Beware chicken that has been burnt to a cinder on the outside and left raw in the middle - a happy home for salmonella. I also think one should beware skimping on ingredients, buying scary chicken, thinking, "I can buy the really cheap stuff because the barbecue will give it flavour". Never buy a cheap chicken. You deserve to get ill - or at least grow breasts.
Then there is the kettle barbecue enthusiast who has removed any element of chance from the barbecue process. You have a lid to help you get your charcoal started, you can control the heat almost as well as on a stove, you can fit a further device on top of your kettle to turn it into a pizza oven (which I must admit is a rather nifty bit of kit - it works and it does make good pizza). But the barbecue is our chance to become early man again, taming fire. Hosted by the tight control of the kettle, the fire rather loses its sizzle.
I feel I should make a point before we go any further: Australia and barbecues are synonymous, but I am ashamed to say I have never been to a true Australian barbie, which is why I've not yet mentioned that particular cultural touchstone. I apologise. More familiar to me is Turkish barbecue. My brother-in-law comes from Glasgow, but if you put him behind a trough of burning coals he takes the Turkish stance, sitting on a wee stool turning kebabs - a much calmer scene than the sight we most commonly see with a gathering of males drawn to the fire like moths.
We haven't broached American barbecue, another thing altogether. The first time I came across it I had flown to Fort Worth, Texas, to start a book tour of the States. Now, that's quite a long flight, especially with bad food and too many gin and tonics. The sight of the immigration officer reeling from the gin fumes I was giving off was a memorable one. "What you need is a Texan barbecue!" said the person who greeted us, which I'm not sure would have been my prescription at that moment. You ordered dinner by weight: brisket, pulled pork, sausage and ribs, not to mention beans by the bucket. A meaty and emotional first introduction. The beer was so cold that it could've taken the skin off a man's hand.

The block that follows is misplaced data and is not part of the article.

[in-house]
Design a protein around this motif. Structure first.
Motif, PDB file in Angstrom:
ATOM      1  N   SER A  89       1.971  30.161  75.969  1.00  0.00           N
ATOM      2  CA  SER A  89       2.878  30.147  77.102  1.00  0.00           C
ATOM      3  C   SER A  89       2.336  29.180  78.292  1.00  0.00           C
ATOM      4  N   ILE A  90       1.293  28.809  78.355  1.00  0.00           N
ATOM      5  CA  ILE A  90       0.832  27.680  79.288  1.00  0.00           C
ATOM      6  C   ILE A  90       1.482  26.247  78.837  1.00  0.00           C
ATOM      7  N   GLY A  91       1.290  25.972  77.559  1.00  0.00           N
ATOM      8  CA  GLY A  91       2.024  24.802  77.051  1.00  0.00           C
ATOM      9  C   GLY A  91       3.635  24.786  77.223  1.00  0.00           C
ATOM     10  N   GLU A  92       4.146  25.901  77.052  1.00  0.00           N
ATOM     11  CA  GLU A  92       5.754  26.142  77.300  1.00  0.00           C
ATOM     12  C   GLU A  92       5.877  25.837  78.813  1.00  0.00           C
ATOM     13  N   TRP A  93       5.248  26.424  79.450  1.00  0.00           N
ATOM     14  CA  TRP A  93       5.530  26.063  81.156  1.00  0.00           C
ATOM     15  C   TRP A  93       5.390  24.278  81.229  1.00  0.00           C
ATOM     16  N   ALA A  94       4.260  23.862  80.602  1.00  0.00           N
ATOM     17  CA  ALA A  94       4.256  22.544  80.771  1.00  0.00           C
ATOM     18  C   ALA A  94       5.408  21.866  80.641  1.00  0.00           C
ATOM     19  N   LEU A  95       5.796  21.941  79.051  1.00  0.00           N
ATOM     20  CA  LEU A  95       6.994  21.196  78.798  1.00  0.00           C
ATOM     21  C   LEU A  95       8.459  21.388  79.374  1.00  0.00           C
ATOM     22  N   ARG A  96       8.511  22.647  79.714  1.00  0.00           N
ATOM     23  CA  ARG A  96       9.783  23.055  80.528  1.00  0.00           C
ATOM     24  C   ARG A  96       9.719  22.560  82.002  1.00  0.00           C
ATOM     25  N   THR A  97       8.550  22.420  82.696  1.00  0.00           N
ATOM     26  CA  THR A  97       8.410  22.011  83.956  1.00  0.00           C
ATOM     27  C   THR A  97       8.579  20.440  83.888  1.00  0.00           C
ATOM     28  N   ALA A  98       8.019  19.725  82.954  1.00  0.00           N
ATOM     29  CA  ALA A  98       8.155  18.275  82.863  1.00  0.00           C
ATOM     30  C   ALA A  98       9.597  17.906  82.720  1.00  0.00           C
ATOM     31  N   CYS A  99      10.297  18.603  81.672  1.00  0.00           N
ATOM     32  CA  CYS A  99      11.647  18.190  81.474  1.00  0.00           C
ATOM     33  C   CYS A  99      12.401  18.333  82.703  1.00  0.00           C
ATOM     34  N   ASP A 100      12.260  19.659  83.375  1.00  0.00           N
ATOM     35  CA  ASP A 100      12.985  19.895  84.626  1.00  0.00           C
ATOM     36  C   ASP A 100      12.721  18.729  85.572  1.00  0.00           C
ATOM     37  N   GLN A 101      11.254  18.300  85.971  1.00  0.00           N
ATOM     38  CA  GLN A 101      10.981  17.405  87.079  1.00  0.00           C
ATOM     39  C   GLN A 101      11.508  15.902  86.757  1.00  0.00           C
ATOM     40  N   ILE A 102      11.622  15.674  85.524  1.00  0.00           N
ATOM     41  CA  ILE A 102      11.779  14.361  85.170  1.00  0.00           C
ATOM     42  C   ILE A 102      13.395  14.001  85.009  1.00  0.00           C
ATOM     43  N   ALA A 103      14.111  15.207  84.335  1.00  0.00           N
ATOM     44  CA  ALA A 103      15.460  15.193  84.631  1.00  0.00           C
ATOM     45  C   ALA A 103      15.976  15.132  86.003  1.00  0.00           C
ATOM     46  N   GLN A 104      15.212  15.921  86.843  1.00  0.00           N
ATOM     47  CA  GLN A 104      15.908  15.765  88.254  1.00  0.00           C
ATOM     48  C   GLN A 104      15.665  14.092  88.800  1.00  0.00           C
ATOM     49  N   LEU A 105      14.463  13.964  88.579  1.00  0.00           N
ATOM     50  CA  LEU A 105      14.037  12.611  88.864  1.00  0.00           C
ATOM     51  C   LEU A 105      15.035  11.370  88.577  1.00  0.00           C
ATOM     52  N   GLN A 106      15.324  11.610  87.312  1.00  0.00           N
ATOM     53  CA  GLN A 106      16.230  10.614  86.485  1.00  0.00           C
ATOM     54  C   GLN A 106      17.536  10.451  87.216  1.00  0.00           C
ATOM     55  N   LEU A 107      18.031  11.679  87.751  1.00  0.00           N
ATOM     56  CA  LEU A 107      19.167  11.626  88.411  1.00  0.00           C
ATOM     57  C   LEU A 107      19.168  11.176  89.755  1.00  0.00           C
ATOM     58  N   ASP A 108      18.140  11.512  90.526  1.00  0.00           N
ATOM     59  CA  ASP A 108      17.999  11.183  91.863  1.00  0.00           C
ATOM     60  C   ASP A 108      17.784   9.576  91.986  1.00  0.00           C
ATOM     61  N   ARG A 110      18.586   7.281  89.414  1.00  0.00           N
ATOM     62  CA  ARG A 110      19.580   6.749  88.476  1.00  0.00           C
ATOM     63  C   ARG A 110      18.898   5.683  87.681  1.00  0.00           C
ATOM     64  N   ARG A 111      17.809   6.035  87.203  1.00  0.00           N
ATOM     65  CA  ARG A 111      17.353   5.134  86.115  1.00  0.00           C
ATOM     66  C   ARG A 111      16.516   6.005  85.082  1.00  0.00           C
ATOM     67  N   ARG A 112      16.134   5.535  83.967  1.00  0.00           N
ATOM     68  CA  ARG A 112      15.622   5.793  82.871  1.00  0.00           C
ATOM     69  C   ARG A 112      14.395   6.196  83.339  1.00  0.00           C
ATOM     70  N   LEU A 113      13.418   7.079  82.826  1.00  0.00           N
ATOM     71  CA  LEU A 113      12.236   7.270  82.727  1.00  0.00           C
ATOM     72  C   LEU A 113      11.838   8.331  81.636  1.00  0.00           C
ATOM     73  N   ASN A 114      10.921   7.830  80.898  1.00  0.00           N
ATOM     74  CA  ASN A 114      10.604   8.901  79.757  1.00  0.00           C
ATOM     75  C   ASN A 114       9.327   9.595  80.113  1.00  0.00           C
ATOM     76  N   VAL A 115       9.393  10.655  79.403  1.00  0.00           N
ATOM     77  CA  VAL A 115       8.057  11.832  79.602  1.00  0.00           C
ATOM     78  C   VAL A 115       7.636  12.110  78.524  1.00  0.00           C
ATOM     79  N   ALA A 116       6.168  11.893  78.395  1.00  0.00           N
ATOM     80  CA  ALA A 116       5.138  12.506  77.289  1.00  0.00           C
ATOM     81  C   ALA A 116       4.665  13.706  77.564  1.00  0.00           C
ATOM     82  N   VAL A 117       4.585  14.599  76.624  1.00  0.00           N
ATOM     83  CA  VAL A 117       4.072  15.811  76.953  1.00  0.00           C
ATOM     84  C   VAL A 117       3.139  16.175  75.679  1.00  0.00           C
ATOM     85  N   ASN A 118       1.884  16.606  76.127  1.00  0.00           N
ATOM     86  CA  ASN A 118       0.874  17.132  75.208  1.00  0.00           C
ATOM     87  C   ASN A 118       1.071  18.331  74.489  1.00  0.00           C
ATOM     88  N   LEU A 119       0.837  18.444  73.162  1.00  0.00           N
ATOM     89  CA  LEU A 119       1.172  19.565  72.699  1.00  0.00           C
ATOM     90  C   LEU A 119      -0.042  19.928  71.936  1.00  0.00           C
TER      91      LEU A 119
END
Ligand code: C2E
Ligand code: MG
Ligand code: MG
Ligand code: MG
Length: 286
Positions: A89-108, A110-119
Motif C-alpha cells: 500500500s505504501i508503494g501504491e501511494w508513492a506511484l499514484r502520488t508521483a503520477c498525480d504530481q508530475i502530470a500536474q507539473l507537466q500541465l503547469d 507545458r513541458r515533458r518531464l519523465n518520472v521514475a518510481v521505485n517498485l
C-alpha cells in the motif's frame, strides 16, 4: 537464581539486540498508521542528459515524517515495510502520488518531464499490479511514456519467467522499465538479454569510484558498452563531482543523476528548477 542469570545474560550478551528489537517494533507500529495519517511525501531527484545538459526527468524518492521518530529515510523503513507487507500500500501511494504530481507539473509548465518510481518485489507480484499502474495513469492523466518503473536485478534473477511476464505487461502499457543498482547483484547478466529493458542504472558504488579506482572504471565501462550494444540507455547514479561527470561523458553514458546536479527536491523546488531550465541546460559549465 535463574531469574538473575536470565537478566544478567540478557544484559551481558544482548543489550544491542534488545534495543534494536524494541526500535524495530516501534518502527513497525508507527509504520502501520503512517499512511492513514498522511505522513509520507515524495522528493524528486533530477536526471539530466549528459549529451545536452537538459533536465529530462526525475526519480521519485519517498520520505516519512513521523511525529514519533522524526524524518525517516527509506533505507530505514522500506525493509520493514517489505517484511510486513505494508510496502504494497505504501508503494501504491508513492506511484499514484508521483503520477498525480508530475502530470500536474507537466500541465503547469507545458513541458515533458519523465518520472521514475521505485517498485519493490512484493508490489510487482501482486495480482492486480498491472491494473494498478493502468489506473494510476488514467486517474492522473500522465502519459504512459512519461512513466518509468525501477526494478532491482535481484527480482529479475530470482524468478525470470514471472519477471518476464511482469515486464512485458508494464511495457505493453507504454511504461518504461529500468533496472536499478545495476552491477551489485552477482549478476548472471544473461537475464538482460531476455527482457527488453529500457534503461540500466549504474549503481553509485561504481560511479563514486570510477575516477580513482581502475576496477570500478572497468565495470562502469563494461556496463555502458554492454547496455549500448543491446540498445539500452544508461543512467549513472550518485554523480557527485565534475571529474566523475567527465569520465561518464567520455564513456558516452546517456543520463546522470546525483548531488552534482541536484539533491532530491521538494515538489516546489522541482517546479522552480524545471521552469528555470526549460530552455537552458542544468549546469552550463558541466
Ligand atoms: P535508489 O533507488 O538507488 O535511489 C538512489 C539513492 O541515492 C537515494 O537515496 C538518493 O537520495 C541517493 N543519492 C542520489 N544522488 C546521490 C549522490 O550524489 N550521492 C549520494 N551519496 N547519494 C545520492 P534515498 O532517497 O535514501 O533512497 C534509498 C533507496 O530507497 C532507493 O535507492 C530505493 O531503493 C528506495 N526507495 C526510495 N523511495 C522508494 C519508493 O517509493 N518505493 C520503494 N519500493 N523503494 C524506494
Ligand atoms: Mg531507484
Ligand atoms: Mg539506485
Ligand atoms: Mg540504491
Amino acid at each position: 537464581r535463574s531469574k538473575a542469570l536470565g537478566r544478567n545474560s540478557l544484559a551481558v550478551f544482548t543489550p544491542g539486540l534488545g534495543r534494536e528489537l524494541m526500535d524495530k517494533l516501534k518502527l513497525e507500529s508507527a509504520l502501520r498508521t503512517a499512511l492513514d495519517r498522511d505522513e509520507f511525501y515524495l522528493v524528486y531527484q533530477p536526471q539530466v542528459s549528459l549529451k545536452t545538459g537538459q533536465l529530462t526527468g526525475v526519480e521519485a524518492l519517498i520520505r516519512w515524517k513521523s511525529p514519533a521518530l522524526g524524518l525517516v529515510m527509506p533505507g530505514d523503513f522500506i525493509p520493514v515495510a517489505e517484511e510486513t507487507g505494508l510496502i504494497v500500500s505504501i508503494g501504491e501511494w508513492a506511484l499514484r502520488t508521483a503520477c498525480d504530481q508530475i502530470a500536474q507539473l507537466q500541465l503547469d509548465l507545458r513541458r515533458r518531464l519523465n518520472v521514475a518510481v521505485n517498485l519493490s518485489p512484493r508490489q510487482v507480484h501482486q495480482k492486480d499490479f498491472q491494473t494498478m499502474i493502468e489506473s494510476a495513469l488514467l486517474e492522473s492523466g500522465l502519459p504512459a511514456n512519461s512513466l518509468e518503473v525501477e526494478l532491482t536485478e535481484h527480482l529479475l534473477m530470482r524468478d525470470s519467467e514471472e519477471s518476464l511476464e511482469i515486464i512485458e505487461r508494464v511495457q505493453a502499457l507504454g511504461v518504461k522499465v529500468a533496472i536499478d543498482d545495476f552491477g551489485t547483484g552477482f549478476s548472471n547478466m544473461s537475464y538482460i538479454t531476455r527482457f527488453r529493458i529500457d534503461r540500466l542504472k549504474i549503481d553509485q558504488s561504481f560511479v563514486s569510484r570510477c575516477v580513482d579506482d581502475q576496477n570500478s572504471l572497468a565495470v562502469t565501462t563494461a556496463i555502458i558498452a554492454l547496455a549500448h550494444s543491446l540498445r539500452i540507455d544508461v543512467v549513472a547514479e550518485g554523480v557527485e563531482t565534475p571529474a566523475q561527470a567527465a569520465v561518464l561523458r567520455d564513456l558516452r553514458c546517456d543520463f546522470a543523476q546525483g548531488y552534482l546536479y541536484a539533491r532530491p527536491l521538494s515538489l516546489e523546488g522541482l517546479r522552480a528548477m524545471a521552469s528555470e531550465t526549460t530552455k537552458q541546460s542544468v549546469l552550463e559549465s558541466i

Back home, my reputation as a purveyor of innards precedes me and I'm expected to show up at barbecues with a bucket of snouts, A3 sheets of tripe and skewered bulls' heads. Offal, of course, takes splendidly to the fire. Squares of ox heart, introduced to the flame for a mere minute each side and served in a bun with a pickled walnut dressing and a sharp salad, are a tender barbecue dream.
But in truth, on the wind-blown beach with the coals glowing, I'm just as happy with a sausage. Here the alchemy begins, transforming the rather anaemic pale pink bangers from the local butcher into frazzled offerings which, when popped into a bap with a big squirt of tomato sauce, hit the spot like nothing else. Fire in the hole!
Looking for recipes? Check out our barbecue recipes slideshow.